Sufferers of computer overuse injury may benefit from myofascial release
MedWire News: Computer professionals with musculoskeletal pain in the forearm of their mouse-operating arm may benefit from myofascial release (MFR), shows research.
"Myofascial release is the application of low load, long duration stretch to the myofascial complex, intended to restore optimal length, decrease pain, and improve function," explain M Ajimsha and colleagues from the AIMST University in Kedah, Malaysia.
MFR generally involves slow, sustained pressure (120-300 seconds) applied directly to restricted fascial layers. Practitioners use their knuckles, elbows, or other tools to slowly sink into the fascia and apply a few kilograms of force to contact the restricted fascia, apply tension, or stretch the fascia.
Ajimsha et al say that myofascial practitioners believe that by restoring the length and health of restricted connective tissue, pressure can be relieved in pain-sensitive structures, such as nerves and blood vessels.
The team therefore investigated the effectiveness of MFR, compared with sham ultrasound therapy (control), in reducing the pain and functional disability of lateral epicondylitis (LE; based on the Southampton examination criteria) on the mouse-operating arm of 68 computer professionals (those who use a computer for 50% or more of the working day).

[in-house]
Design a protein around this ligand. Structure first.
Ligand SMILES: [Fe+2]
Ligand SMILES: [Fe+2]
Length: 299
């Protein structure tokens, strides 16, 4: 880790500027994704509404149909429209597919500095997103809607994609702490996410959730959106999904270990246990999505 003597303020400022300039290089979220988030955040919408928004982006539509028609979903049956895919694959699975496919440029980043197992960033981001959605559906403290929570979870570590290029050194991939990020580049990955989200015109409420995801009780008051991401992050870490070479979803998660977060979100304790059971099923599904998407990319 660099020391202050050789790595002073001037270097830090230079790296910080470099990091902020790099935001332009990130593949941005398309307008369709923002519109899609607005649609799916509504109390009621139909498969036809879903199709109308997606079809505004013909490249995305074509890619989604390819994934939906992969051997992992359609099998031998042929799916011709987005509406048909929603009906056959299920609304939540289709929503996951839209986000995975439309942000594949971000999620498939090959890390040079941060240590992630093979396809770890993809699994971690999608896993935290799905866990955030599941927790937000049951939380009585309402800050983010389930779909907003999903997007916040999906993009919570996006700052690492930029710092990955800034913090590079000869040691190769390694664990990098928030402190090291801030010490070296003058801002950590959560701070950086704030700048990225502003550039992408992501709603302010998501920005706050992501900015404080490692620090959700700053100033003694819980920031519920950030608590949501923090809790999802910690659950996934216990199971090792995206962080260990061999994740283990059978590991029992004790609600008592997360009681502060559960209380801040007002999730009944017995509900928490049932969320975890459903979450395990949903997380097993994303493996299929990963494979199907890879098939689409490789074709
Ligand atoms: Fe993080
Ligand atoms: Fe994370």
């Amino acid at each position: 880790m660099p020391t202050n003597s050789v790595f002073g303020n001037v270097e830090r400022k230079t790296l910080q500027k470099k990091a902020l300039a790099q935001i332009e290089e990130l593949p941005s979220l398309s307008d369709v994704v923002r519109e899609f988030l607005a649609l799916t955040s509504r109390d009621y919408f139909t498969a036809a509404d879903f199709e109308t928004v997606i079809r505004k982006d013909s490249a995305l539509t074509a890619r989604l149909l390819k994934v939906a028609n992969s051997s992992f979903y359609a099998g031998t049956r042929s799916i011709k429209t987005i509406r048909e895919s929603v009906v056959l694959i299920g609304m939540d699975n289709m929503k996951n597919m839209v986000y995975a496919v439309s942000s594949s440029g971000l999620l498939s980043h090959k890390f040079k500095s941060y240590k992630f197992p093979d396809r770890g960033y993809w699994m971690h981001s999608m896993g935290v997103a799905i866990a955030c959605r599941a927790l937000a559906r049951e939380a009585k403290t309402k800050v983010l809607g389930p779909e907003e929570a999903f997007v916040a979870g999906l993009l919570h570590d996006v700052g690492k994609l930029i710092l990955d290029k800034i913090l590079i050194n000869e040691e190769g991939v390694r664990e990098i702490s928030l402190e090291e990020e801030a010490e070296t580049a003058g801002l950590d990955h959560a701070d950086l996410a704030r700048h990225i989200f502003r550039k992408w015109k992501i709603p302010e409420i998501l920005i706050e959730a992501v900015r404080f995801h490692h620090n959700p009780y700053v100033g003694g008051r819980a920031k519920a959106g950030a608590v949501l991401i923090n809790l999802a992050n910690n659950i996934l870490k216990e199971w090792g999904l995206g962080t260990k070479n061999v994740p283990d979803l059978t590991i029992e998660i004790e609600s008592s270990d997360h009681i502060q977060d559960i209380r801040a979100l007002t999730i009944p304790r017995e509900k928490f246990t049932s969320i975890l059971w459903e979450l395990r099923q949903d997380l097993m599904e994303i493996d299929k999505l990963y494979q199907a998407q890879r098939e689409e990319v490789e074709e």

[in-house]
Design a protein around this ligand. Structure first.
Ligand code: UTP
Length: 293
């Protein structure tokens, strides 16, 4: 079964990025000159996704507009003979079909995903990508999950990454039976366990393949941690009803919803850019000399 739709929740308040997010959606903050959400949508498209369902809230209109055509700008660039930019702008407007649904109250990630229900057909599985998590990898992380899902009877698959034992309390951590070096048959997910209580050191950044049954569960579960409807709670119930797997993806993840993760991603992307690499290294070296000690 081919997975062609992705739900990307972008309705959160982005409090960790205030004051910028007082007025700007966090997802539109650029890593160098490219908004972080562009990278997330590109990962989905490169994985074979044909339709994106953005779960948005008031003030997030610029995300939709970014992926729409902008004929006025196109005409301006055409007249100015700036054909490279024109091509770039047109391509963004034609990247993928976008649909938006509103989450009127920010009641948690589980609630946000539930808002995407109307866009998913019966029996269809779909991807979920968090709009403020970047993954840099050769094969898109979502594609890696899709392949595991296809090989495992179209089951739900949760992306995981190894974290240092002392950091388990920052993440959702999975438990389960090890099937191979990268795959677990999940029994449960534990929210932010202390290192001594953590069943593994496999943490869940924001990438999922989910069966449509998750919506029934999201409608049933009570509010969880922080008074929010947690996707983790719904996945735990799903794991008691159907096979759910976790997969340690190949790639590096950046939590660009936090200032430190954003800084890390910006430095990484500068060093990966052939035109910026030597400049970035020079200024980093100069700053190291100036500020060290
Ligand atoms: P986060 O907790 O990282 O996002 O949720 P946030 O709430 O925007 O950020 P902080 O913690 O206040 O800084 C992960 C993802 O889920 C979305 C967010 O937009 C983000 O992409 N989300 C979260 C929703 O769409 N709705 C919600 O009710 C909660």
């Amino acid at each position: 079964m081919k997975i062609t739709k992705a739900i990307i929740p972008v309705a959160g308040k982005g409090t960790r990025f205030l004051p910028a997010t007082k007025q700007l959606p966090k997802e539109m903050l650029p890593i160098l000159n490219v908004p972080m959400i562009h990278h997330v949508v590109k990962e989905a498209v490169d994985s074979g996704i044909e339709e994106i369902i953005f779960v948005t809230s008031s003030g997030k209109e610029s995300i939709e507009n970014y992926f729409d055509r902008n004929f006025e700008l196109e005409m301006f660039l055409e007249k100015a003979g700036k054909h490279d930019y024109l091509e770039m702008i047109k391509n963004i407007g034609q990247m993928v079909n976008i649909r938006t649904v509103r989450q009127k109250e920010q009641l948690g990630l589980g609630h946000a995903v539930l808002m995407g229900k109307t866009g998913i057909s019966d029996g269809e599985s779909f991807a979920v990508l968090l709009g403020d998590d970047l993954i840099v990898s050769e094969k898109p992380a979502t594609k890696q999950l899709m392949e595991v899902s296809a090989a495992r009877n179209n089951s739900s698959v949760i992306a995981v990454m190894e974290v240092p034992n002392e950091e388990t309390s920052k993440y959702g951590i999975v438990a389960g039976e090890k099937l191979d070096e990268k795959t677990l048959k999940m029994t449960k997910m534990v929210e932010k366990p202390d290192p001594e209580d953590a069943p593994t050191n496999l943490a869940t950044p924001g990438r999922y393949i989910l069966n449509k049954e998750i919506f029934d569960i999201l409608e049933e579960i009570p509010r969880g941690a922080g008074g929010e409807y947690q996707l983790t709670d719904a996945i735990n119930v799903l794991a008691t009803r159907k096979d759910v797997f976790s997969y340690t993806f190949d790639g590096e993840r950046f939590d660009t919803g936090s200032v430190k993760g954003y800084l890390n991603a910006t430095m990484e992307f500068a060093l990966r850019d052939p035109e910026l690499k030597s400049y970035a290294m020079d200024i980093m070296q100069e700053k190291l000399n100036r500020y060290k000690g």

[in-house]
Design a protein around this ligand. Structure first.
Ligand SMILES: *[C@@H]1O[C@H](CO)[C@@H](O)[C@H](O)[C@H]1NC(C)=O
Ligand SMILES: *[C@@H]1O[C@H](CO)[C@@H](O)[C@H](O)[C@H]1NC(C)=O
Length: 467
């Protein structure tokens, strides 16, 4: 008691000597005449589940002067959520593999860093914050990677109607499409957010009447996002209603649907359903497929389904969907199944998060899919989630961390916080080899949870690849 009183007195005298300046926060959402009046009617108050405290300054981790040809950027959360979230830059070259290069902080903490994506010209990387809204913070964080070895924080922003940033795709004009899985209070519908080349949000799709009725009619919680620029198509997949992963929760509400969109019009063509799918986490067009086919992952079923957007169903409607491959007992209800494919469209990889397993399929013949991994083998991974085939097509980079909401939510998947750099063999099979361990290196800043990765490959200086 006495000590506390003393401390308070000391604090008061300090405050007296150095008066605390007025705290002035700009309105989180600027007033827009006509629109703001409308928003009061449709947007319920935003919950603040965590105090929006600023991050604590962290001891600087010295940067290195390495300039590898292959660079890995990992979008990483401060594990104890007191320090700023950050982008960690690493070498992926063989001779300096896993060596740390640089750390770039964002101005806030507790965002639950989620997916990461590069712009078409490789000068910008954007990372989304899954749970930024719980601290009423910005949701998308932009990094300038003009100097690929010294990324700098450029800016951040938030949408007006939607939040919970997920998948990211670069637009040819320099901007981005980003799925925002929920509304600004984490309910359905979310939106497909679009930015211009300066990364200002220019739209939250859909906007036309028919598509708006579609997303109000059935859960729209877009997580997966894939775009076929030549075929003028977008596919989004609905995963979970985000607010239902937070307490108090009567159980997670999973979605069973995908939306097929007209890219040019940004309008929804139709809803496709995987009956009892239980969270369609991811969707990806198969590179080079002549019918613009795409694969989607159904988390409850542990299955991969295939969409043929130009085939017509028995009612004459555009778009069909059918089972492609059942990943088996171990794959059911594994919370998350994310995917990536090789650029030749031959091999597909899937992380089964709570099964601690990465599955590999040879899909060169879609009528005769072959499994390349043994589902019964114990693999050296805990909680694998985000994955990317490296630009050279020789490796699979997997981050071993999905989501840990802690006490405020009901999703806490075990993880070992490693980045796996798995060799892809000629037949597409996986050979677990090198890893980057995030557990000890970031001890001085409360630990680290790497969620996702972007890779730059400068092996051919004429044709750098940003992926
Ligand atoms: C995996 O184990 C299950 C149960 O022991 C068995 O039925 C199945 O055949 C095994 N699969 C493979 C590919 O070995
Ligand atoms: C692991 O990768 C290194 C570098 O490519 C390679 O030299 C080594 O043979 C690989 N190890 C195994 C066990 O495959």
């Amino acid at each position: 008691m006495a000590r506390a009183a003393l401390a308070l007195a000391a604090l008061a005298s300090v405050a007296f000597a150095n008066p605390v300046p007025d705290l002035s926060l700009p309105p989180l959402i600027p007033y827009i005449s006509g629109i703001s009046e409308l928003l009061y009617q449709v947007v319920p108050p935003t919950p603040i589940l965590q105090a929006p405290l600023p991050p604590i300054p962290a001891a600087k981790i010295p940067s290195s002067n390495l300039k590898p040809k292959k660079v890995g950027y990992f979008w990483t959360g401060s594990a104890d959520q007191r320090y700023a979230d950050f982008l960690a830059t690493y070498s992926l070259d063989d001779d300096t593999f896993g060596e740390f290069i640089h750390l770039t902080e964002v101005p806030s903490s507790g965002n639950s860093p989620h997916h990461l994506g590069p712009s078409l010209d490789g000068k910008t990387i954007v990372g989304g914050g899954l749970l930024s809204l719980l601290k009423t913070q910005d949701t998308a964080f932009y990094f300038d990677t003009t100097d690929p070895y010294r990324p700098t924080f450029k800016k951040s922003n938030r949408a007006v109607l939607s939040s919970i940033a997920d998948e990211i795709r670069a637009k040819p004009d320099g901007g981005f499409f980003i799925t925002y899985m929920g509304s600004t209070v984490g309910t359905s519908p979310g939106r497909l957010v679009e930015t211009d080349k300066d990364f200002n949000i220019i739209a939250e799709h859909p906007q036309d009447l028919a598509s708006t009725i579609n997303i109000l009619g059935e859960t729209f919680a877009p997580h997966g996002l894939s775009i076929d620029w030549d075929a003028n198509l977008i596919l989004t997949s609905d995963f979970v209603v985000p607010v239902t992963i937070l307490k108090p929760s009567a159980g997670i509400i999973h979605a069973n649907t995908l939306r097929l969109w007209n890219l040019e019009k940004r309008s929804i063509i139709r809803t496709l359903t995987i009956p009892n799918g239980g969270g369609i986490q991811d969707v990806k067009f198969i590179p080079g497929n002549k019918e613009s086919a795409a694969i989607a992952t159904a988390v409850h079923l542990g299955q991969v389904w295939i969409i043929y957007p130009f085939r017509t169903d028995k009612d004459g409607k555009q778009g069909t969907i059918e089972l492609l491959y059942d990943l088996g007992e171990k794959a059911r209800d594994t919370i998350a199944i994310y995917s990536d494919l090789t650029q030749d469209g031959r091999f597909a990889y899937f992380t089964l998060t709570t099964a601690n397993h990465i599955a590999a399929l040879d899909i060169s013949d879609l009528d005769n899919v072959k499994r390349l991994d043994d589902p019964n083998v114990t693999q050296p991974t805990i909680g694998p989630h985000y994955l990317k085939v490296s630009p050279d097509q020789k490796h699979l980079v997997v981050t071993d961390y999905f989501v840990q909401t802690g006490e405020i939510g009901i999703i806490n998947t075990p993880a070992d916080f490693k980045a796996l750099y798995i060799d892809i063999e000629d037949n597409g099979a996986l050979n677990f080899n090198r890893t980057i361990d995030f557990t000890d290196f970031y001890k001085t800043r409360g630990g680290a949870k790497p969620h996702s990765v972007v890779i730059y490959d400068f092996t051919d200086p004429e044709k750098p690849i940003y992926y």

Participants were randomly assigned to one of the two treatment groups. The interventions were provided three times weekly for 4 weeks, with a minimum of a 1-day gap between sessions. The duration of each treatment session was 30 minutes.
The Patient-Rated Tennis Elbow Evaluation (PRTEE) scale was used to assess pain severity and functional disability.
As reported in Archives of Physical Medicine and Rehabilitation, the proportion of participants who had at least a 50% reduction in pain and functional disability index between weeks 1 and 4 was 100% in the MFR group and 0% in the control group.
The patients in the MFR group reported a 78.7% reduction in their pain and functional disability in week 4 versus week 1, whereas patients in the control group reported a 6.8% reduction.
The reduction in PRTEE scale score persisted at the 12-week follow-up in the MFR group (63.1% reduction from baseline), whereas the control group showed a 2.2% increase in their PRTEE scale score over this time period.
These findings suggest that a significant proportion of computer professionals with LE might benefit from the use of MRF, conclude the researchers. They add that the mechanisms underlying these responses "merit further investigation."
By Nikki Withers